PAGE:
I grew up in the you-need-a-cell-in-case-of-an-emergency mindset. Texting was around, but the online social community was still based in instant messaging on computers (side note: this is how I learned to type, not by looking under the cardboard screen in typing class!)
I was in college at the perfect time for the Facebook outbreak (which is why most of my friends still depend on Facebook and don’t understand what Twitter has to offer). Suddenly, the online social community shifted.
In fact, if you were digitally literate, you could Facebook stalk your crush without his ever knowing and just happen to end up in the places that his status update indicated he was. Brilliant!
Now as I reflect on my digital literacy journey, I realize that I never had any skills-based class on how to instant message or how to Facebook. I never had a lecture on acceptable use or signed a policy.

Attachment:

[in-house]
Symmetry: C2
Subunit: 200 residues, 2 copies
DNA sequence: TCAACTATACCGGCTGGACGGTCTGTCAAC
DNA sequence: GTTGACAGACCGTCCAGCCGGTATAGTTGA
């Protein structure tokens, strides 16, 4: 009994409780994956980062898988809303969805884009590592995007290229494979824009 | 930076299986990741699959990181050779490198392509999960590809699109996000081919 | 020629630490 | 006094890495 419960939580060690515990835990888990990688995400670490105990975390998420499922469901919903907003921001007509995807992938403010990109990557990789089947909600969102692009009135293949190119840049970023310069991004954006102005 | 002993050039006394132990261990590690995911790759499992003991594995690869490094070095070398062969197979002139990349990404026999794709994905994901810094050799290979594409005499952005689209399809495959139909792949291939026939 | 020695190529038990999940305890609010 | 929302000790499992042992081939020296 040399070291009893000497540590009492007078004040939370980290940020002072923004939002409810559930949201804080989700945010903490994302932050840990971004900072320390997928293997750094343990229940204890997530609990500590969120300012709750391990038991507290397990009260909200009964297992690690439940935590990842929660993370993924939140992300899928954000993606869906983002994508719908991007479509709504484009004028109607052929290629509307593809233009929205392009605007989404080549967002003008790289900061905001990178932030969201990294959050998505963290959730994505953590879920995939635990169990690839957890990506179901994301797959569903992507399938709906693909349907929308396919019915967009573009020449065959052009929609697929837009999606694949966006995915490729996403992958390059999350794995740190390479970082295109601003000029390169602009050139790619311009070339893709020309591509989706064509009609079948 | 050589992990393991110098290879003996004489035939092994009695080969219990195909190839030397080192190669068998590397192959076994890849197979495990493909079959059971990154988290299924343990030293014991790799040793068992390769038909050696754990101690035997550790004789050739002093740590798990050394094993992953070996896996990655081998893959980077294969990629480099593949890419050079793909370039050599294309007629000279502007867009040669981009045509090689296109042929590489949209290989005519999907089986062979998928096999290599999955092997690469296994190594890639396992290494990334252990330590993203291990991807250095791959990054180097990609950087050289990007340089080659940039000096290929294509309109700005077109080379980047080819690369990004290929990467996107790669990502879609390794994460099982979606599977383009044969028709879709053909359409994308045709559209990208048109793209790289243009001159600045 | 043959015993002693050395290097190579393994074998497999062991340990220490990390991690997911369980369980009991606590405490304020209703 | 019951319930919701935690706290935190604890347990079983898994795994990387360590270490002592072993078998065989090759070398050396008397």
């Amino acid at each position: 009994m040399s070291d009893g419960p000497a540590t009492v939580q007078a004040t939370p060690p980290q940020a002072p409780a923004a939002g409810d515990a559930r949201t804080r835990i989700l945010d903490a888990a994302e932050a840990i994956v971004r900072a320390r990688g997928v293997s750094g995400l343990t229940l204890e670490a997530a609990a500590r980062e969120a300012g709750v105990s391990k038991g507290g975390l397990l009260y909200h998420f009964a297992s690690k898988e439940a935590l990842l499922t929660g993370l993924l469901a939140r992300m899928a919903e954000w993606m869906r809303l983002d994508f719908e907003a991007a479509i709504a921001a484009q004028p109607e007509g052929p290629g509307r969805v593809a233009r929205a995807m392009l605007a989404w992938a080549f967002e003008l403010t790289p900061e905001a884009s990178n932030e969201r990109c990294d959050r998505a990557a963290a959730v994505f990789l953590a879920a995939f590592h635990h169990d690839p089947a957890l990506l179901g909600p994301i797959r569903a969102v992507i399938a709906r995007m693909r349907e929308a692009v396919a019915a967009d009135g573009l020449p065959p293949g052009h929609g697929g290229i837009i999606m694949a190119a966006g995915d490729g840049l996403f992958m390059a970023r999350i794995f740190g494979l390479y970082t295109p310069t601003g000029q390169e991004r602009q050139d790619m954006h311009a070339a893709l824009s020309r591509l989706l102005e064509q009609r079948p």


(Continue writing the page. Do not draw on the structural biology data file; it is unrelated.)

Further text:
How did I learn to be digitally literate? It wasn’t at school. I figured it out the same way our students are figuring it out: By trying. By asking my peers.
In teacher terms, we would call this problem-based learning or collaboration. We know students are engaging in both of these methods outside of the classroom and are learning at a rate that we can’t keep up with; and yet, we still fight off these two research-based methodologies in favor of outdated, disconnected teaching.
I was a part of the digital revolution. I developed as technology developed, one step at a time.
Our students are living in the digital age. The technology is already at their fingertips. They have instant access to the world’s information and no fear to try new things.
Students already know how to learn on their own. If teachers don’t tap into our students’ process of learning by doing and learning by asking, we are going to make ourselves obsolete.